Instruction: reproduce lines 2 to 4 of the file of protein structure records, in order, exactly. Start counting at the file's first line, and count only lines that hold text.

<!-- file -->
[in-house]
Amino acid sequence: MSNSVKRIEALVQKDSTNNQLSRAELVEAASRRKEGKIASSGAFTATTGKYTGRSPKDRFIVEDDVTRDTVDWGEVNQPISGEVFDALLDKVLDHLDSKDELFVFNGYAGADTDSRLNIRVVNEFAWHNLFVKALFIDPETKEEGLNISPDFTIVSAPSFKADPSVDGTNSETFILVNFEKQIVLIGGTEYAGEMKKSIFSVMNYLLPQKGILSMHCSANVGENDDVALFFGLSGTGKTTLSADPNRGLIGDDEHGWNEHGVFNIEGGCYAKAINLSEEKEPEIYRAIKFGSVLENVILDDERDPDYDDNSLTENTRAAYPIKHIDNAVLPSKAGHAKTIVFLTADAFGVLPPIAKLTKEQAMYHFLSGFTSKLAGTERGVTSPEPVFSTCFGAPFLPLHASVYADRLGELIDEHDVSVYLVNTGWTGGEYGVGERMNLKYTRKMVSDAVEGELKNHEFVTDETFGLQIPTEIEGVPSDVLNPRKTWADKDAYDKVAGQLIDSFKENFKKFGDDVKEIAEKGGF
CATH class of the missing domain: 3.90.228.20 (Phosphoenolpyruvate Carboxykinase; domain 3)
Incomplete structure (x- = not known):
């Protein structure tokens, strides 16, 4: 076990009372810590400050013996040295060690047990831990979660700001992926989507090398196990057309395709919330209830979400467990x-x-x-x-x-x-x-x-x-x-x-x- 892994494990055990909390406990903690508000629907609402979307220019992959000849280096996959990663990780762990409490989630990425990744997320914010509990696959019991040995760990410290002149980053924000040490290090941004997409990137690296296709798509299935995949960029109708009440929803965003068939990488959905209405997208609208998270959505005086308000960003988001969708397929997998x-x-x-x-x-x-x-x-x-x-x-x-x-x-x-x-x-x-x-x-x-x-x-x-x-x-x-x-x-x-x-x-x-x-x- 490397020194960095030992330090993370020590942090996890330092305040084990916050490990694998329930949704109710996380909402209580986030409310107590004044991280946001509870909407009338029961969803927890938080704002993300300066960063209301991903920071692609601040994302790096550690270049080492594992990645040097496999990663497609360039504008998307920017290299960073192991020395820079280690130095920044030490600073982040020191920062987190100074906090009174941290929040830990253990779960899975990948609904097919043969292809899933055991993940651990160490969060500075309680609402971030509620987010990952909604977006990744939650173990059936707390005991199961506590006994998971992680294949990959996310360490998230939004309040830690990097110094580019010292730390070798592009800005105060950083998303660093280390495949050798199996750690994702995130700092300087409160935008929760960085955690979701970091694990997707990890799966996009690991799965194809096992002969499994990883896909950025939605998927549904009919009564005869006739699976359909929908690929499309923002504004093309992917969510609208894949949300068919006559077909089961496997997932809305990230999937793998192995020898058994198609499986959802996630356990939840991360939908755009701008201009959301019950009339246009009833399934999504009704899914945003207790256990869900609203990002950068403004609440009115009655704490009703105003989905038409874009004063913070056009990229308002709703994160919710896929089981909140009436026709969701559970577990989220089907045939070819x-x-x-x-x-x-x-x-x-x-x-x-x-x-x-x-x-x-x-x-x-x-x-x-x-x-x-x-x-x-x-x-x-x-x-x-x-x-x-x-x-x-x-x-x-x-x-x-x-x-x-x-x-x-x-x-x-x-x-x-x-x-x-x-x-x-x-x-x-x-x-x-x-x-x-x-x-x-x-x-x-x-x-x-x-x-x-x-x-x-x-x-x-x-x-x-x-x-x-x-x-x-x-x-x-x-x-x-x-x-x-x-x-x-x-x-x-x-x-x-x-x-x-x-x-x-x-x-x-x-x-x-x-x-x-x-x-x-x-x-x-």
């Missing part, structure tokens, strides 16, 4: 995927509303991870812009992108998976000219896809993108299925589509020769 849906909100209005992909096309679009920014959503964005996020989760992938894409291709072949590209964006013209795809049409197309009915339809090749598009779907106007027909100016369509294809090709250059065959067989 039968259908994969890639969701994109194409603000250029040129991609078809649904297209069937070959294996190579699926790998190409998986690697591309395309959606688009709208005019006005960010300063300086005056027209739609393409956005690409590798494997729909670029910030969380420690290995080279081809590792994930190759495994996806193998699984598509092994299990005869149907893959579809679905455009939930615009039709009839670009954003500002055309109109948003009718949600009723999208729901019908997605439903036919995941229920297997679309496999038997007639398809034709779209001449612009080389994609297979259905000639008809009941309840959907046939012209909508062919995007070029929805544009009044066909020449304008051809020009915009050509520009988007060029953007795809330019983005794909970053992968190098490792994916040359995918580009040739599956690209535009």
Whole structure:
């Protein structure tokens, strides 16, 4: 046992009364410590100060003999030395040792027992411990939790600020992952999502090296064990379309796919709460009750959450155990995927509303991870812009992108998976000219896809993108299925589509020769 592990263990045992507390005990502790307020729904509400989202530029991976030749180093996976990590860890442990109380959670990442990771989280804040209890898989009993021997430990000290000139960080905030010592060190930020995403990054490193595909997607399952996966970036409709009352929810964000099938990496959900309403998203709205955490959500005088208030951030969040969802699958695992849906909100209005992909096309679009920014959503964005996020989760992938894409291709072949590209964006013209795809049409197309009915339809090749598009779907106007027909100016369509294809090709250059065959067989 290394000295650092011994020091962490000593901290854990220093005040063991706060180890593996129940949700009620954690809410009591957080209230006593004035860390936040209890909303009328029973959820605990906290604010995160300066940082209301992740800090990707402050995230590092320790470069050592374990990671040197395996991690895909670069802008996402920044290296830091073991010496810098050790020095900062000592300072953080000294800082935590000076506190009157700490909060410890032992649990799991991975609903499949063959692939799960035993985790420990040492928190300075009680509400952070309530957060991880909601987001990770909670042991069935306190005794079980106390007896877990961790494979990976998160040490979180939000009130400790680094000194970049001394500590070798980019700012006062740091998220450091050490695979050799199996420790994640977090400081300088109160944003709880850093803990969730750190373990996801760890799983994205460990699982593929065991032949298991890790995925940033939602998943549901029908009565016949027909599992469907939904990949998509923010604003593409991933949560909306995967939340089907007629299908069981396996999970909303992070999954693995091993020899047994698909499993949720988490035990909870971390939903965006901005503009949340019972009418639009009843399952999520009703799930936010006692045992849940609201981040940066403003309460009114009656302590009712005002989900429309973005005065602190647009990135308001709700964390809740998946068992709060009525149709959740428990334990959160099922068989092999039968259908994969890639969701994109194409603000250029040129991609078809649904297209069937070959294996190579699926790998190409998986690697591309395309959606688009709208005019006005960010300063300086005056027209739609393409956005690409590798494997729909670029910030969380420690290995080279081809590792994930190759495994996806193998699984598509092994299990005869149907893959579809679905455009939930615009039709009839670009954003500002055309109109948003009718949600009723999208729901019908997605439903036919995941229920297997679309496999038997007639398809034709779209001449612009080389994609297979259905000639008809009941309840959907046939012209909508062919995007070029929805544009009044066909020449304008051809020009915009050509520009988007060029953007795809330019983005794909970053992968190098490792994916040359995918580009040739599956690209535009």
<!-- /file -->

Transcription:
Amino acid sequence: MSNSVKRIEALVQKDSTNNQLSRAELVEAASRRKEGKIASSGAFTATTGKYTGRSPKDRFIVEDDVTRDTVDWGEVNQPISGEVFDALLDKVLDHLDSKDELFVFNGYAGADTDSRLNIRVVNEFAWHNLFVKALFIDPETKEEGLNISPDFTIVSAPSFKADPSVDGTNSETFILVNFEKQIVLIGGTEYAGEMKKSIFSVMNYLLPQKGILSMHCSANVGENDDVALFFGLSGTGKTTLSADPNRGLIGDDEHGWNEHGVFNIEGGCYAKAINLSEEKEPEIYRAIKFGSVLENVILDDERDPDYDDNSLTENTRAAYPIKHIDNAVLPSKAGHAKTIVFLTADAFGVLPPIAKLTKEQAMYHFLSGFTSKLAGTERGVTSPEPVFSTCFGAPFLPLHASVYADRLGELIDEHDVSVYLVNTGWTGGEYGVGERMNLKYTRKMVSDAVEGELKNHEFVTDETFGLQIPTEIEGVPSDVLNPRKTWADKDAYDKVAGQLIDSFKENFKKFGDDVKEIAEKGGF
CATH class of the missing domain: 3.90.228.20 (Phosphoenolpyruvate Carboxykinase; domain 3)
Incomplete structure (x- = not known):